“I’m always asking, ‘what’s the plan?’ So, I needed a specific reason before applying to grad school,” said Diarra White, MBA 24. “When I was at BlackRock, I had the opportunity to be the bridge between the design team and the relationship managers on a tech project. It was my first real experience of design thinking. It brings together two of my passions, the research methodologies that I love from my sociology studies, and relationship building with clients. My reaction was, ‘Design thinking, where have you been all my life!?’ I knew I had my plan and my reason for grad school.”
Leaving the East Coast was another part of Diarra’s plan. “Being a New Yorker is almost a personality trait for me,” she said. “The only way I could immerse myself in a full-time MBA program would be to leave New York.” And, although she encountered a few challenges—“What passes for public transit here still aggravates me!”—Diarra quickly felt a “wave of peace” living in Berkeley.
So, she felt a bit of whiplash when she landed a summer internship at McKinsey in New York City. She admits to missing Berkeley, both the place and the people. “I’m creating authentic relationships there and look forward to returning. I like that so many Haasies stay in the Bay Area, and I guess I’m one of them now.” (Pictured below on a boat cruise with classmates).
While Diarra aspires to be a full-time design thinking practitioner, she said, “you can use the process to improve any specific business discipline. It can make anyone more effective. That is the beauty of design thinking.”
Both the curriculum and co-curriculars have moved Diarra forward in her new career direction. Classes like the core Strategy class and electives like Problem Finding, Problem Solving, provided a theoretical, academic foundation. Applied Learning classes add a practical, real-world spin. For example, Design Sprint for Corporate Innovation took Diarra to the THNK School of Creative Leadership in Amsterdam, where her hands-on project with Adyen, a payment company, added depth to her design thinking/consulting portfolio. “One of my biggest takeaways was that it is all right not to be too precious about the design thinking process. You need to meet the clients where they are.”
Regarding the move into consulting—which has one of the more structured interviewing procedures for internships—Diarra described the support from Berkeley Haas as “absurd! During Winter Break, I must have worked on at least one case a week, with the support of second-year students, my own classmates, and the experts in Career Management Services. Now, as a Peer Advisor myself with CMG, I’m helping others in the same way. It is a virtuous circle.”
The Haas Innovation Design club, where Diarra serves on the board, is another place to meet design thinkers among the student body, faculty, and business professionals. In 2023, Diarra was on the winning team of the club’s Innovation Challenge (pictured below). “We came up with a workable solution for a regional bank to address employee burnout. Trying things, seeing how they work, and trying again is central to design thinking as a discipline. I love the range of experiential opportunities Berkeley Haas offers to do that in a safe, supportive learning environment,” she said.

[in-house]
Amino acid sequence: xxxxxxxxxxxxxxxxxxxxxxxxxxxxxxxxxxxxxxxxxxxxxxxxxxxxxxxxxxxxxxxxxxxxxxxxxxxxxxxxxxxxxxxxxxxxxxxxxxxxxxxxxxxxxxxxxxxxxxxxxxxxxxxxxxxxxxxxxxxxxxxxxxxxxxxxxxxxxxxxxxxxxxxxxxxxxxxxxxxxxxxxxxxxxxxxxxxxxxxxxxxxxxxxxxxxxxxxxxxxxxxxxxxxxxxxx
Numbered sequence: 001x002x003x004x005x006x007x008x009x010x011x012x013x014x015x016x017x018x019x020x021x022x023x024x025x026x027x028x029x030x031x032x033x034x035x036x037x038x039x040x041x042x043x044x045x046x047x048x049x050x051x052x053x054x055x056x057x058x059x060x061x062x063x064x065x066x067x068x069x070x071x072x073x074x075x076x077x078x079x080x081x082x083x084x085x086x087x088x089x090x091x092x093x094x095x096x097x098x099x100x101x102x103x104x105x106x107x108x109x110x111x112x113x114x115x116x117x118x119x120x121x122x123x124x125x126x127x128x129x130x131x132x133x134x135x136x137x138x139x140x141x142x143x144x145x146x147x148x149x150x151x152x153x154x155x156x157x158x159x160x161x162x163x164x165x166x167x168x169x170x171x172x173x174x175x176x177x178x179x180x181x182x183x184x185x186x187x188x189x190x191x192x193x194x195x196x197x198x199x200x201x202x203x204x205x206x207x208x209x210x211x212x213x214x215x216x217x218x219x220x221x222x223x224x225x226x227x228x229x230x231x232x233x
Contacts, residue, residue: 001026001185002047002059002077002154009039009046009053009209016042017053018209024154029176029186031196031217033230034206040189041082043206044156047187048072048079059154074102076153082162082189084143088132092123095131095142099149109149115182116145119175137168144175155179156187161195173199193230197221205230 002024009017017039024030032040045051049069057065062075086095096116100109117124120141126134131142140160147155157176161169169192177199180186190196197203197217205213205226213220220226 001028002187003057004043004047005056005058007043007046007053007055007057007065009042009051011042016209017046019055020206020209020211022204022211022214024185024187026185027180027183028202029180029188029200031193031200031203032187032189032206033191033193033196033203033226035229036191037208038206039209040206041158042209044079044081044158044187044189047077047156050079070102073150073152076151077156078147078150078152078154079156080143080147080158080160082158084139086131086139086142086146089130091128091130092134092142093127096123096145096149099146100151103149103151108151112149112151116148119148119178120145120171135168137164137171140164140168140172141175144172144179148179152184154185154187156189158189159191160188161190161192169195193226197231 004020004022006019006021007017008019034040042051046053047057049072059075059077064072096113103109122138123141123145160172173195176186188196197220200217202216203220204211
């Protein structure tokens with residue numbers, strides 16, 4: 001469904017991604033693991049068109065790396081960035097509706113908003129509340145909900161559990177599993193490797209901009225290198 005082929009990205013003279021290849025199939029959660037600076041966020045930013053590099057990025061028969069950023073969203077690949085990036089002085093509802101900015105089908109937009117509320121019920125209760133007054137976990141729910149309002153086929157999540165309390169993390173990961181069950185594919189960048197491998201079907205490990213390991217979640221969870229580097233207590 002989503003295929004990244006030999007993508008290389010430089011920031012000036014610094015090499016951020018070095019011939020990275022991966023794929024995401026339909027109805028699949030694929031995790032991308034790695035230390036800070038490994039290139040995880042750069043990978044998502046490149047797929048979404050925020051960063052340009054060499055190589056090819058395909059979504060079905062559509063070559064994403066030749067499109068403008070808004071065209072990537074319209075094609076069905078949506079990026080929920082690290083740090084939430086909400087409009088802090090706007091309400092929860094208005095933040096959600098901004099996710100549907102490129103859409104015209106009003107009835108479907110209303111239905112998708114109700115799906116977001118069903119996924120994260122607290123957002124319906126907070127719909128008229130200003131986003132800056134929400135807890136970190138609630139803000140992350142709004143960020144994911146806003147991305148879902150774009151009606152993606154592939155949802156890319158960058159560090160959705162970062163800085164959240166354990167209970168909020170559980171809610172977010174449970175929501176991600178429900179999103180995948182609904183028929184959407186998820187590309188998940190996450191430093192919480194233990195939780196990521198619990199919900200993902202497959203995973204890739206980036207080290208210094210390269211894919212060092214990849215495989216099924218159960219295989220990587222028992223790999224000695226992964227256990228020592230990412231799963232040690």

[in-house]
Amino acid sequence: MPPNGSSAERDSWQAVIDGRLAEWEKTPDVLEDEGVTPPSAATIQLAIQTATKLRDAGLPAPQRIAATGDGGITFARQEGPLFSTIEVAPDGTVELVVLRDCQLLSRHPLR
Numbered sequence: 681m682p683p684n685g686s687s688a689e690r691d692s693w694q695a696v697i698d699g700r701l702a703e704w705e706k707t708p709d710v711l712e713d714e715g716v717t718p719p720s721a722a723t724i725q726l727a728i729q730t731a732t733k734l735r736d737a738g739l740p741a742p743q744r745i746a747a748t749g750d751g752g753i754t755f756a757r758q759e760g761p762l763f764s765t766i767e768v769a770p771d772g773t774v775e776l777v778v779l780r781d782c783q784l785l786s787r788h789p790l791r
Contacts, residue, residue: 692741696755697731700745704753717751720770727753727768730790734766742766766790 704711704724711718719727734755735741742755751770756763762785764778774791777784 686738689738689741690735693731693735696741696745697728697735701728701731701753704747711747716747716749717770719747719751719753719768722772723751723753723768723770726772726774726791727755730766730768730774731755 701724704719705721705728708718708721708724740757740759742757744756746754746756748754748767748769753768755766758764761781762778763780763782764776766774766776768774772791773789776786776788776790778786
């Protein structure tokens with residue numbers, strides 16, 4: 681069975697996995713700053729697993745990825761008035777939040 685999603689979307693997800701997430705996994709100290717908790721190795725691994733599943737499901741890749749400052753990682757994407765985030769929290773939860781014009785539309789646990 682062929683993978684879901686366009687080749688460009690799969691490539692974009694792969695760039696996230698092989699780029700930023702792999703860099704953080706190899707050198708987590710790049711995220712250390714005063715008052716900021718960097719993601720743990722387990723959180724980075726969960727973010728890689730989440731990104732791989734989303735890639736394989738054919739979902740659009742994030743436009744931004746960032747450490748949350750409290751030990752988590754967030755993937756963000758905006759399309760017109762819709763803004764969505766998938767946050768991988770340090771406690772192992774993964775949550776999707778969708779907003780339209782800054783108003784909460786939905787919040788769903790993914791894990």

These experiences also underscore the real impact of the Berkeley Haas Defining Leadership Principles, according to Diarra. Question the Status Quo happens in and out of the classroom, “related not just to ourselves, but in discussions about what’s happening everywhere in the world.” Beyond Yourself, she said, “is more than asking for and giving help as individuals. It includes the student-led ethos here and our commitment to engaging with the larger community to do good in the world.”
Diarra’s involvement with the Consortium for Graduate Studies in Management (CGSM) is another example of Beyond Yourself. She grew up in a “community-oriented house, surrounded by people who have known me since infancy.” Her friends at Berkeley Haas are of more recent vintage, but the connections came quickly and the Consortium in particular provided an avenue “to engage deeply with the community.”
Diarra is bringing to life her commitment to helping under-represented people succeed “in places where we are not always seen, like b-school” as a Consortium Liaison. “Black women in particular encounter a lot of friction in their lives—economic, professional, personal, academic. I want to remove as much of that friction as possible, specifically as a Consortium Liaison, and more broadly as a Haasie. There is a real commitment here to making the program better for everyone,” she said.
Interested in having an impact through your own career? An MBA from a top business school can help you grow your network and leadership skills so you can take the next step towards a fulfilling career.